France, one of the EU’s largest economies, is introducing Continuous Transaction Controls (CTCs) by implementing a B2B e-invoice clearance and e-reporting obligation, to be rolled out from 2023. With these comprehensive requirements, alongside the B2G e-invoicing obligation that is already mandatory, the government aims to increase efficiency, cut costs, and fight fraud.
The basis of the French proposal is that all B2B invoices will be transmitted through a central platform, or via certified service providers connected to that central platform. This e-invoice clearance will lay the foundation and provide the tax authority with data relating to any domestic B2B transaction.
In order to effectively be able to combat fraud, the tax authority will need access to more transaction data. Therefore, data that the tax authority will not receive as part of the e-invoice clearance process – notably B2C invoices and cross-border invoices that will not be subject to a domestic French mandate, as well as certain payment data – will be subject to the complementary e-reporting obligation.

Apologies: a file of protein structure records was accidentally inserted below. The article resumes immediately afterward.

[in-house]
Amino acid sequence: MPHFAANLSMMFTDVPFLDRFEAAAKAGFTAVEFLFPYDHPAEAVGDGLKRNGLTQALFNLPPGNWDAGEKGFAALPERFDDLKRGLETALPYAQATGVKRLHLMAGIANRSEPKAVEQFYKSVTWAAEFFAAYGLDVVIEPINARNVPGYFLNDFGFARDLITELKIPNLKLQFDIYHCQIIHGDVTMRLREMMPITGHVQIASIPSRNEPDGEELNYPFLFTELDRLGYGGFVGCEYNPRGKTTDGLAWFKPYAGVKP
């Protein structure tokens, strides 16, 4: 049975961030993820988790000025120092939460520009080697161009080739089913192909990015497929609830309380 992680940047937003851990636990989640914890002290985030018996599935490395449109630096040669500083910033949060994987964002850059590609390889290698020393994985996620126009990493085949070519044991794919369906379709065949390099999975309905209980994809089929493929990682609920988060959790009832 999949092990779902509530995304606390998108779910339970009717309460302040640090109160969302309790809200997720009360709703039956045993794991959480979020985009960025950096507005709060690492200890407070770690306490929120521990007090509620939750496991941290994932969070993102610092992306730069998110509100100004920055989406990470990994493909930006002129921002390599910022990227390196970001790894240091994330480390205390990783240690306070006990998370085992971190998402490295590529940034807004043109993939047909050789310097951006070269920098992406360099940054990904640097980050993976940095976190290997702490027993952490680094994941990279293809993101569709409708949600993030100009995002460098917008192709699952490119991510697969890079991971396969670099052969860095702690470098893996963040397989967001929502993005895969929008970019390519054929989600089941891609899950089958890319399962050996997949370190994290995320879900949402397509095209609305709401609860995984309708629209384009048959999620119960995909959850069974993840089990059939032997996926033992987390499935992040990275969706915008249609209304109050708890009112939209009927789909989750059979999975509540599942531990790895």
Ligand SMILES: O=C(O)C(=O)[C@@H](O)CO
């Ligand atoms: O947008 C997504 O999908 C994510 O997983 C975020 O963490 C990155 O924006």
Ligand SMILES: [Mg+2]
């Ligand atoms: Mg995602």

So the tax authority will receive all data relating to B2C and B2B transactions (including certain payment data) by these two measures: the e-invoice clearance mandate combined with the e-reporting obligation.
1 January 2023: Large companies will be subject to the B2B e-invoice clearance and e-reporting mandate. B2C and cross-border invoices won’t need to be cleared but will need to be reported so the tax administration has full visibility. All companies will be mandated to accept e-invoices.
1 January 2024: Obligations will apply for medium-sized companies.
1 January 2025: The smallest companies will enter into scope All companies will be in scope of the mandate by 1 January 2025.
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